where —U tells osql.exe that the following argument is the username (username should be either sa or the name of an account with DBA privileges) and —P signals that the next argument is the password for the specified account. If you omit the —P option, the system will prompt you to type in your password.
After you connect to the database and receive a prompt, you can use the system stored procedure sp_configure to set the c2 audit mode option to 1. Doing so updates an internal SQL Server variable that controls the auditing functionality. If no errors occur, the system will prompt you to run the RECONFIGURE statement, as Figure 2, page 10, shows, to effect the change. If you can't change the audit mode—that is, if you get an error message and the system displays a list of settings—you first need to use sp_configure to set Show advanced options to 1. After you set the audit mode, you'll need to stop and restart the database server for logging to commence.
Figure 2: The osql.exe command-line tool
SQL Server Audit Logs
After you enable C2 auditing for the default database or for an instance, the database server will log all activity to the data directory that you specified during the installation process. (SQL Server doesn't let you log auditable events to an alternative location.) This directory holds the databases that SQL Server initially created. This directory is also the default location for all new databases and their transaction log files. You need to be aware of some implications of this configuration.
First, on a system that has limited disk space, you might find that your databases can't grow because audit log files are consuming all the free space. Second, on a busy system, performance might suffer because both the databases and the audit logs use the same disk. In general, you should store databases and their transaction logs on separate, dedicated disk devices so that you can avoid these two problems.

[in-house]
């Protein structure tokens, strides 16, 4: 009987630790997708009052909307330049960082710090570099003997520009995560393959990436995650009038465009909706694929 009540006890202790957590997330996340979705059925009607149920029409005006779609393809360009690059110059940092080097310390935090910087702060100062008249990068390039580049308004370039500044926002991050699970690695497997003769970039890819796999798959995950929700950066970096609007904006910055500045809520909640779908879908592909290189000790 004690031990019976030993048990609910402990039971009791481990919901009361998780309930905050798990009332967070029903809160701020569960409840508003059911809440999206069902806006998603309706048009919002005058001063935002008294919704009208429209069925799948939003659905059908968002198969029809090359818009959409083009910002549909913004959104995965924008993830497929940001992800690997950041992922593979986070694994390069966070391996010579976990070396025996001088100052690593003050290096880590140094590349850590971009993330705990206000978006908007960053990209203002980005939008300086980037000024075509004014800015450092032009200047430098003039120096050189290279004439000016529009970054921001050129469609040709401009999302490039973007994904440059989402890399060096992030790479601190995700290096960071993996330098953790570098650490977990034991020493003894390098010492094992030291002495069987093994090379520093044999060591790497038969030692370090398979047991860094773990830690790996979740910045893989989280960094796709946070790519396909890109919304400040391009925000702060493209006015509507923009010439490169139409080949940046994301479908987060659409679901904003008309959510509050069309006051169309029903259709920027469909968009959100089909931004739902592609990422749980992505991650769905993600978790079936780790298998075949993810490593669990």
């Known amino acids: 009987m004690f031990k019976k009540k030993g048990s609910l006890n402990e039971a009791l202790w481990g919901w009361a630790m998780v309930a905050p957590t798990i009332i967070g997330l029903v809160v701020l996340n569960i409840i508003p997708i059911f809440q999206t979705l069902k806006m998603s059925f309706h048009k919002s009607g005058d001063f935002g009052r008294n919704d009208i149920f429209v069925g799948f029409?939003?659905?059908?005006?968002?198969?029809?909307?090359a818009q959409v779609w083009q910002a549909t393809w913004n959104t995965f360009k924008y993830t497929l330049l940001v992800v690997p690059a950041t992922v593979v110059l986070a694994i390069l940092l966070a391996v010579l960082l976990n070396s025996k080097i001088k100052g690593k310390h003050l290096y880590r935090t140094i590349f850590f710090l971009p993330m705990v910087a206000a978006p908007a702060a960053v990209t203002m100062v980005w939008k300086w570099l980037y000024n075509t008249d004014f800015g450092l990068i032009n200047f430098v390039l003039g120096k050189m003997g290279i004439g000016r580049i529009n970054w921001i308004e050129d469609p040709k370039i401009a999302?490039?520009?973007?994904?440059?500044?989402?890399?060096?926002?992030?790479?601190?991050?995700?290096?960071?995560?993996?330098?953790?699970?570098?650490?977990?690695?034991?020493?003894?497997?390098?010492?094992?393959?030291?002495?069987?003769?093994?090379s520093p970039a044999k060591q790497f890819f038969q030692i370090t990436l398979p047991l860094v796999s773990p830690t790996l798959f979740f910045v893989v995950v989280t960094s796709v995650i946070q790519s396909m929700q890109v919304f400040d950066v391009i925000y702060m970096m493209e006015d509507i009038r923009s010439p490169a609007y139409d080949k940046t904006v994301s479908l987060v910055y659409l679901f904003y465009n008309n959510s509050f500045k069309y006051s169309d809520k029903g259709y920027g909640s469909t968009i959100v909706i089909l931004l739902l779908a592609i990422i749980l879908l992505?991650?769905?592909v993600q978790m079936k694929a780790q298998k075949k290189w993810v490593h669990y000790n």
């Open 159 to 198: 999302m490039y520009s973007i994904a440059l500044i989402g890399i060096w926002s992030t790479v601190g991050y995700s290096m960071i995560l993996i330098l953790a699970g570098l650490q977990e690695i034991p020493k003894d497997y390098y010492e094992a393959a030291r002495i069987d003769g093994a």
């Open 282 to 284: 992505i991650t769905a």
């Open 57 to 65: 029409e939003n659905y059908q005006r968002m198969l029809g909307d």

SQL Server writes all auditable activity to a file with the format audittrace_YYYYMMDDHHMMSS.trc, where YYYYMMDDHHMMSS is the log's creation time by year, month, day, hour, minute, and second. When a log reaches a maximum size of 200MB, SQL Server automatically creates a new log and begins to record to the new log instead. This feature lets you safely move old log files out of the data folder or delete them.
If SQL Server can't write to a log file—for example, if the disk contains no more free space—it will halt all execution. SQL Server won't restart until it can resume logging. If you need to force SQL Server to run even though logging isn't possible, you can modify the arguments to the service settings in the Service Control Manager (SCM), which is available through the Microsoft Management Console (MMC) Computer Management snap-in. Alternatively, you can use the -f flag to start a minimal SQL Server configuration from the command line. You might consider using the -m flag with the -f flag. Doing so starts the database in single-user mode, preventing clients from connecting to the database and performing transactions while auditing is disabled.
Understanding the Audit Log
When C2-level auditing is enabled, the system uses a default profile of auditable events to determine what to log. These auditable events, which are necessary in any implementation to meet C2 certification requirements, include the execution of stored procedures, the creation or deletion of objects such as tables, and user login and logout activity.
You can use SQL Server Profiler to view the log files that SQL Server creates. To open a log file, click SQL Profiler in the Microsoft SQL Server program group. Select File, Open, and click Trace File. Use the Open dialog box to navigate to the SQL Server data folder (the folder you specified when you installed SQL Server), and open the log file that you want to view. You can't open the log file to which SQL Server is logging activity. If you need to access data in the current audit log, you'll need to wait until it fills up and the system creates a new log file, or simply stop and restart SQL Server.